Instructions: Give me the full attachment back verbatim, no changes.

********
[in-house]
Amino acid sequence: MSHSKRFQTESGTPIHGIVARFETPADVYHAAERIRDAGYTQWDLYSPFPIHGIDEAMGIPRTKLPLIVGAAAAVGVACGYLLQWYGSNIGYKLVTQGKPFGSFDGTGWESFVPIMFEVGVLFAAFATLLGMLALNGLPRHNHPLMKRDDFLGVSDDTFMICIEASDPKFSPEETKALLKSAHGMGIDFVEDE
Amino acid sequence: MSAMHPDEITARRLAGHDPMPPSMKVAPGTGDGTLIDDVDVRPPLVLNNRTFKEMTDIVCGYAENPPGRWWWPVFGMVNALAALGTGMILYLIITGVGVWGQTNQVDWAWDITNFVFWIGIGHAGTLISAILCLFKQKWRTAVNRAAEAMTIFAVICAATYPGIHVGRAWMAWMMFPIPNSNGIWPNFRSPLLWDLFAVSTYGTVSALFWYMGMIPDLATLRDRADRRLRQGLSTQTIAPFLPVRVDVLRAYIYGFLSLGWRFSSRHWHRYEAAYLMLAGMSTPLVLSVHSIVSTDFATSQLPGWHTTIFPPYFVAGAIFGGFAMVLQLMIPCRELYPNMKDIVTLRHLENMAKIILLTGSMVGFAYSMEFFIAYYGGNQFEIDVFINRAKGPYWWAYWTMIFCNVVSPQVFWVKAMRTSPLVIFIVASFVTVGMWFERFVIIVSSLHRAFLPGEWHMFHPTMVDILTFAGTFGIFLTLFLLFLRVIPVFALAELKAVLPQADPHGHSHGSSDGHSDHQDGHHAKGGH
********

[in-house]
Amino acid sequence: MSHSKRFQTESGTPIHGIVARFETPADVYHAAERIRDAGYTQWDLYSPFPIHGIDEAMGIPRTKLPLIVGAAAAVGVACGYLLQWYGSNIGYKLVTQGKPFGSFDGTGWESFVPIMFEVGVLFAAFATLLGMLALNGLPRHNHPLMKRDDFLGVSDDTFMICIEASDPKFSPEETKALLKSAHGMGIDFVEDE
Amino acid sequence: MSAMHPDEITARRLAGHDPMPPSMKVAPGTGDGTLIDDVDVRPPLVLNNRTFKEMTDIVCGYAENPPGRWWWPVFGMVNALAALGTGMILYLIITGVGVWGQTNQVDWAWDITNFVFWIGIGHAGTLISAILCLFKQKWRTAVNRAAEAMTIFAVICAATYPGIHVGRAWMAWMMFPIPNSNGIWPNFRSPLLWDLFAVSTYGTVSALFWYMGMIPDLATLRDRADRRLRQGLSTQTIAPFLPVRVDVLRAYIYGFLSLGWRFSSRHWHRYEAAYLMLAGMSTPLVLSVHSIVSTDFATSQLPGWHTTIFPPYFVAGAIFGGFAMVLQLMIPCRELYPNMKDIVTLRHLENMAKIILLTGSMVGFAYSMEFFIAYYGGNQFEIDVFINRAKGPYWWAYWTMIFCNVVSPQVFWVKAMRTSPLVIFIVASFVTVGMWFERFVIIVSSLHRAFLPGEWHMFHPTMVDILTFAGTFGIFLTLFLLFLRVIPVFALAELKAVLPQADPHGHSHGSSDGHSDHQDGHHAKGGH